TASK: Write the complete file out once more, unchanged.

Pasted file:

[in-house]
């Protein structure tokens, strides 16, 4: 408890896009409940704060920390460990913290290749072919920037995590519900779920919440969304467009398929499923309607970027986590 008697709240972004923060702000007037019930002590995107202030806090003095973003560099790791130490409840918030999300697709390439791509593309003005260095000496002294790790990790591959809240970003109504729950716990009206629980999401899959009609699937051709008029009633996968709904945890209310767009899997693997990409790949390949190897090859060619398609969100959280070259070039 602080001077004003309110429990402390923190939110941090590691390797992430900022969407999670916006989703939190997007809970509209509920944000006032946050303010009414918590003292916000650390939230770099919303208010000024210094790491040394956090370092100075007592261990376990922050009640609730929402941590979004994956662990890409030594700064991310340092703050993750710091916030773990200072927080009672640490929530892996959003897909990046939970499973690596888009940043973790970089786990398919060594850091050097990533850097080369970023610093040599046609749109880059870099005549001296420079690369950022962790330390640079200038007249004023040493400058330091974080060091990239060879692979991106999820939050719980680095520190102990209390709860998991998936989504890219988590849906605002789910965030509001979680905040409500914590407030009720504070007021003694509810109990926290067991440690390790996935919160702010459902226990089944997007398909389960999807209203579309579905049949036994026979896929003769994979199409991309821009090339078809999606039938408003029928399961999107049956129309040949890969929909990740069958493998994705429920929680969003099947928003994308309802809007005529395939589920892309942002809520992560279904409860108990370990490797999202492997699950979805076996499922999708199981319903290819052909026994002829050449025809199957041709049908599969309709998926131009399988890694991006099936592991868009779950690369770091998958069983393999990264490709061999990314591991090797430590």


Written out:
[in-house]
């Protein structure tokens, strides 16, 4: 408890896009409940704060920390460990913290290749072919920037995590519900779920919440969304467009398929499923309607970027986590 008697709240972004923060702000007037019930002590995107202030806090003095973003560099790791130490409840918030999300697709390439791509593309003005260095000496002294790790990790591959809240970003109504729950716990009206629980999401899959009609699937051709008029009633996968709904945890209310767009899997693997990409790949390949190897090859060619398609969100959280070259070039 602080001077004003309110429990402390923190939110941090590691390797992430900022969407999670916006989703939190997007809970509209509920944000006032946050303010009414918590003292916000650390939230770099919303208010000024210094790491040394956090370092100075007592261990376990922050009640609730929402941590979004994956662990890409030594700064991310340092703050993750710091916030773990200072927080009672640490929530892996959003897909990046939970499973690596888009940043973790970089786990398919060594850091050097990533850097080369970023610093040599046609749109880059870099005549001296420079690369950022962790330390640079200038007249004023040493400058330091974080060091990239060879692979991106999820939050719980680095520190102990209390709860998991998936989504890219988590849906605002789910965030509001979680905040409500914590407030009720504070007021003694509810109990926290067991440690390790996935919160702010459902226990089944997007398909389960999807209203579309579905049949036994026979896929003769994979199409991309821009090339078809999606039938408003029928399961999107049956129309040949890969929909990740069958493998994705429920929680969003099947928003994308309802809007005529395939589920892309942002809520992560279904409860108990370990490797999202492997699950979805076996499922999708199981319903290819052909026994002829050449025809199957041709049908599969309709998926131009399988890694991006099936592991868009779950690369770091998958069983393999990264490709061999990314591991090797430590």